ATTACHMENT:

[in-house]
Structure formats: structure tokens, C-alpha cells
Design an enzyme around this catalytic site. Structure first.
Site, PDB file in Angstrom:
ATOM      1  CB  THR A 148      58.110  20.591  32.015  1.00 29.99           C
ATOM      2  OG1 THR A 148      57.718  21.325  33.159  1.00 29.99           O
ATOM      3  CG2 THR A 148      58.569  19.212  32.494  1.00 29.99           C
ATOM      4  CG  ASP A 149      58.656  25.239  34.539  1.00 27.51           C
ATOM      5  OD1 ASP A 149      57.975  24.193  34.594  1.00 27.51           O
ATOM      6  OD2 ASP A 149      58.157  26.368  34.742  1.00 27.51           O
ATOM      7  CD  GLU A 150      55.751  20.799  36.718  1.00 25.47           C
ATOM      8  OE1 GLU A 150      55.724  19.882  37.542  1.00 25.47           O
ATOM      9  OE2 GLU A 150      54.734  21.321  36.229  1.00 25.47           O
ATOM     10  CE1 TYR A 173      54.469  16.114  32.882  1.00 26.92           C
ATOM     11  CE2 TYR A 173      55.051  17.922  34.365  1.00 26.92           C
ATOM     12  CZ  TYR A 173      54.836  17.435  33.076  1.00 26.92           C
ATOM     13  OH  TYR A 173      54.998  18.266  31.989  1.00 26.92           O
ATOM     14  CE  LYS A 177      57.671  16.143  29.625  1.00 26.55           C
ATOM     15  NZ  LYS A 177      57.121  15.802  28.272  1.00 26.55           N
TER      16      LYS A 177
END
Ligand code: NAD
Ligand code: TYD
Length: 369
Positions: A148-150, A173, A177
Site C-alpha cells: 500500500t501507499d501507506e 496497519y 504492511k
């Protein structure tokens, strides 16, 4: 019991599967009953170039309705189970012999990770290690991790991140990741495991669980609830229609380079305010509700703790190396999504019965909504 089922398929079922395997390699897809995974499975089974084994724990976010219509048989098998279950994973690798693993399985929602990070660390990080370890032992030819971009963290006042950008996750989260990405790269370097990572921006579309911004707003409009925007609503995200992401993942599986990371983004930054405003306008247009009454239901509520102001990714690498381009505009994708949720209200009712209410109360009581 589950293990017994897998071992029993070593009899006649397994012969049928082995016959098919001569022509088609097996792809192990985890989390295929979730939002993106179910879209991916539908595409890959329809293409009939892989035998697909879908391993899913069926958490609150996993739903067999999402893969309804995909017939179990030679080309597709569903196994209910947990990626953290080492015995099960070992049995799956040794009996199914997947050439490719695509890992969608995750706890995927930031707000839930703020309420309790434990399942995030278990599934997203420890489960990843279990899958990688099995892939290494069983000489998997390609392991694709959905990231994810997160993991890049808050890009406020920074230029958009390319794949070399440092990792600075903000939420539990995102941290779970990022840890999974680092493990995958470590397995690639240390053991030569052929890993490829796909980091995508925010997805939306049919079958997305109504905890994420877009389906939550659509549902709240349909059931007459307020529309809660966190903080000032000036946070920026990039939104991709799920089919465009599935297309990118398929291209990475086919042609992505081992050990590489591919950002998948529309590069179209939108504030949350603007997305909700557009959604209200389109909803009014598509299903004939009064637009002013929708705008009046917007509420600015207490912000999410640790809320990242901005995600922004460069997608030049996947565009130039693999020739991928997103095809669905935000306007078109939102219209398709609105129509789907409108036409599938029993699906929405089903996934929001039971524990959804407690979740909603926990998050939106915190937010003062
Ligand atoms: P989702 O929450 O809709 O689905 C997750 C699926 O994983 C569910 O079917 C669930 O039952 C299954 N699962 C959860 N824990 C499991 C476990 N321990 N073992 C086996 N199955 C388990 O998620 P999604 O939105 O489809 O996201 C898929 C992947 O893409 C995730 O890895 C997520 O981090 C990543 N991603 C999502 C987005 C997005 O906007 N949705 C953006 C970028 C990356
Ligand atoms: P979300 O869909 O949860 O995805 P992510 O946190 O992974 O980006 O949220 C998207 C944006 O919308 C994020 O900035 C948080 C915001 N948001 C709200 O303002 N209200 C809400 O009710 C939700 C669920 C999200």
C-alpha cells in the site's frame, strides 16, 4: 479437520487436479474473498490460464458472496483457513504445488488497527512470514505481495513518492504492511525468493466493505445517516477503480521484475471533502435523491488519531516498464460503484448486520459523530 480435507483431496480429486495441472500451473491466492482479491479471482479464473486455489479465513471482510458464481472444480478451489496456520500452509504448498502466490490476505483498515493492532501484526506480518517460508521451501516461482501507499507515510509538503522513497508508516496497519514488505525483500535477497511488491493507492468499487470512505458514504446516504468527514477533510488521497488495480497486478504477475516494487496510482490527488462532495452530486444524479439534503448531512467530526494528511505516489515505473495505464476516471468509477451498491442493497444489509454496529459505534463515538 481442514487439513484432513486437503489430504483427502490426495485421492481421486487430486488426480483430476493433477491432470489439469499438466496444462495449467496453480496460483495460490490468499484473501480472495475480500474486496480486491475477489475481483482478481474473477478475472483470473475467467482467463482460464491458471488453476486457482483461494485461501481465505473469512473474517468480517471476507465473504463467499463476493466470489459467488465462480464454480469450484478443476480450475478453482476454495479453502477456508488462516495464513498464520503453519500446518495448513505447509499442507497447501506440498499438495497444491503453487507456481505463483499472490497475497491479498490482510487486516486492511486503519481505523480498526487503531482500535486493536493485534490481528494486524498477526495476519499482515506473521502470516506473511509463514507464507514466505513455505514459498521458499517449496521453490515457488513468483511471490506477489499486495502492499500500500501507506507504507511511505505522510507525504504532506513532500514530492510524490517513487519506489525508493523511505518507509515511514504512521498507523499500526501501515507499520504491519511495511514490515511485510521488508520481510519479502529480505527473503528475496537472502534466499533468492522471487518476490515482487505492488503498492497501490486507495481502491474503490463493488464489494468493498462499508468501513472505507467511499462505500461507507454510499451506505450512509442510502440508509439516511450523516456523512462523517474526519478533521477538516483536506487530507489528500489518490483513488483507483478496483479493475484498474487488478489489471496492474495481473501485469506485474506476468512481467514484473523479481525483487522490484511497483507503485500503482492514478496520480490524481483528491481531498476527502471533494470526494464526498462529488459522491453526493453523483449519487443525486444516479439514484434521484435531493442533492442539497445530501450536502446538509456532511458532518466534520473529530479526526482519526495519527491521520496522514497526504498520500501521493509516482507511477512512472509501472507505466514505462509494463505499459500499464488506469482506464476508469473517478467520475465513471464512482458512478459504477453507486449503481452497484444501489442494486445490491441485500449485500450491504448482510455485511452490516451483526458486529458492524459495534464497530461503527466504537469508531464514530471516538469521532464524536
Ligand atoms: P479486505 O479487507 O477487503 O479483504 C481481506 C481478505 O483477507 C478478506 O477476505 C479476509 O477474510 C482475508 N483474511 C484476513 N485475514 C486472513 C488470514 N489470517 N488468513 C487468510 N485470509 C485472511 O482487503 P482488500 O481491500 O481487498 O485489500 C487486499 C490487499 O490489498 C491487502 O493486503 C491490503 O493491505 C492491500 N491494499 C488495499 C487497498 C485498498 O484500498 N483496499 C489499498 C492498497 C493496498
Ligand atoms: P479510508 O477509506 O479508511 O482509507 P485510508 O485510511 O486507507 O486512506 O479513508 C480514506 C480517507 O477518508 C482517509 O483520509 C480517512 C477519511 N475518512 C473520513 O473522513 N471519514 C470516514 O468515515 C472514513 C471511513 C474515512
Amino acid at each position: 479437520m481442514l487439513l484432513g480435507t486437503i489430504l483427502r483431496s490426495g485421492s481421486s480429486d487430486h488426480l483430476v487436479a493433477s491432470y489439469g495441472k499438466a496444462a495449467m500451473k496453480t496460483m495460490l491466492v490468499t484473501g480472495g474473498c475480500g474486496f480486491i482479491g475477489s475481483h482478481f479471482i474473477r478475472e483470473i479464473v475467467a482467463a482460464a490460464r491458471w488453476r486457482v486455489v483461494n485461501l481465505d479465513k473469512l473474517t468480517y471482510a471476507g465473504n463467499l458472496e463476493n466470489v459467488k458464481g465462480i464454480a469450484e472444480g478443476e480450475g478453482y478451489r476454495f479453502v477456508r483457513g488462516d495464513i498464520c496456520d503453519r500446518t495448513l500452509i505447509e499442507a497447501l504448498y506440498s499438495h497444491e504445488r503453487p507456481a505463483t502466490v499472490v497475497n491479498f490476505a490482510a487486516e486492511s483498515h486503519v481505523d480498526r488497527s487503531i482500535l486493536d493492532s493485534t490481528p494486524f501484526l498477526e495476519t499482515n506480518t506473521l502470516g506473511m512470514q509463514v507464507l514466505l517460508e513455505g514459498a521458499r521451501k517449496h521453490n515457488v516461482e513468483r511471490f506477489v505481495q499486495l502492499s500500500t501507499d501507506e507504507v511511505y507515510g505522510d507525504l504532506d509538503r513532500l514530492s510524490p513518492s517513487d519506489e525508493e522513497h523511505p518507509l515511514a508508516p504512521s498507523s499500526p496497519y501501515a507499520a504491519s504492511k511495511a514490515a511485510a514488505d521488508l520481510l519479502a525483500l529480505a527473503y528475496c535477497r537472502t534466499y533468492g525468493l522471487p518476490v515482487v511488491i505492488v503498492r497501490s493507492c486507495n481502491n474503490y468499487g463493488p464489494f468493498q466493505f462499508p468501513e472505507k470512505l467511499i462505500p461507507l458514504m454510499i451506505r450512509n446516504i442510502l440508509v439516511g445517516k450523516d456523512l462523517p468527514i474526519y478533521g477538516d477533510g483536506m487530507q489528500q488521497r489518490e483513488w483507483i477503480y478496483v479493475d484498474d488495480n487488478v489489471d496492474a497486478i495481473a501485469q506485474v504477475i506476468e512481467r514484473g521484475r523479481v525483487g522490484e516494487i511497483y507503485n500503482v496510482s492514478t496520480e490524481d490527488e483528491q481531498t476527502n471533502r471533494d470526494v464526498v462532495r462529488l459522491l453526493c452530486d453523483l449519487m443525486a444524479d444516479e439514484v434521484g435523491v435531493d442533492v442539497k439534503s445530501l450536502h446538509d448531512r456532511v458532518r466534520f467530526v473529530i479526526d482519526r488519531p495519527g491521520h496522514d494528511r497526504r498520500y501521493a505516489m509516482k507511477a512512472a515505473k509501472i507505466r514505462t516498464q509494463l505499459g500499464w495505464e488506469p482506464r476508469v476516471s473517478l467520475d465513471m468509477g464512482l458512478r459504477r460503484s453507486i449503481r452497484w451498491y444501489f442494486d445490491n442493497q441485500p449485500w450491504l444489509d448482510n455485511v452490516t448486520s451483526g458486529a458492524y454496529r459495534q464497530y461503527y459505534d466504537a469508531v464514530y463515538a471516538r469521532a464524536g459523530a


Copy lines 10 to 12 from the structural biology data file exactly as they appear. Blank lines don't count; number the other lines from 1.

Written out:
ATOM      6  OD2 ASP A 149      58.157  26.368  34.742  1.00 27.51           O
ATOM      7  CD  GLU A 150      55.751  20.799  36.718  1.00 25.47           C
ATOM      8  OE1 GLU A 150      55.724  19.882  37.542  1.00 25.47           O